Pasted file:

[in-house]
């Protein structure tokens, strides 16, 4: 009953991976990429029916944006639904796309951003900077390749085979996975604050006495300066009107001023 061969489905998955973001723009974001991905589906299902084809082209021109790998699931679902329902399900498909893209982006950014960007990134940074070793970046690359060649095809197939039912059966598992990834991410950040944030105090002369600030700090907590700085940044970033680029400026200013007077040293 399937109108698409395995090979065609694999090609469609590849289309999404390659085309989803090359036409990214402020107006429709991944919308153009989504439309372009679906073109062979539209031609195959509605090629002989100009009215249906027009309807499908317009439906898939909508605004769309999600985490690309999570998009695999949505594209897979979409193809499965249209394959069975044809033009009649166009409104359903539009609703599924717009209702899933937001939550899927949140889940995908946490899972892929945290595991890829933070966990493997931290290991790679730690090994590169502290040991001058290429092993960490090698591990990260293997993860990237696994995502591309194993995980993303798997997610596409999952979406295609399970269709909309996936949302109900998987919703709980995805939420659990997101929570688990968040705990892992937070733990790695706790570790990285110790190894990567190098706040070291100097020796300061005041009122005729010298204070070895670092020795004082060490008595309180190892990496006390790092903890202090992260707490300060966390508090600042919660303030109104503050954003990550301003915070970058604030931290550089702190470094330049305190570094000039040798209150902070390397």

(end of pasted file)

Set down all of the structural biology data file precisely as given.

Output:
[in-house]
């Protein structure tokens, strides 16, 4: 009953991976990429029916944006639904796309951003900077390749085979996975604050006495300066009107001023 061969489905998955973001723009974001991905589906299902084809082209021109790998699931679902329902399900498909893209982006950014960007990134940074070793970046690359060649095809197939039912059966598992990834991410950040944030105090002369600030700090907590700085940044970033680029400026200013007077040293 399937109108698409395995090979065609694999090609469609590849289309999404390659085309989803090359036409990214402020107006429709991944919308153009989504439309372009679906073109062979539209031609195959509605090629002989100009009215249906027009309807499908317009439906898939909508605004769309999600985490690309999570998009695999949505594209897979979409193809499965249209394959069975044809033009009649166009409104359903539009609703599924717009209702899933937001939550899927949140889940995908946490899972892929945290595991890829933070966990493997931290290991790679730690090994590169502290040991001058290429092993960490090698591990990260293997993860990237696994995502591309194993995980993303798997997610596409999952979406295609399970269709909309996936949302109900998987919703709980995805939420659990997101929570688990968040705990892992937070733990790695706790570790990285110790190894990567190098706040070291100097020796300061005041009122005729010298204070070895670092020795004082060490008595309180190892990496006390790092903890202090992260707490300060966390508090600042919660303030109104503050954003990550301003915070970058604030931290550089702190470094330049305190570094000039040798209150902070390397």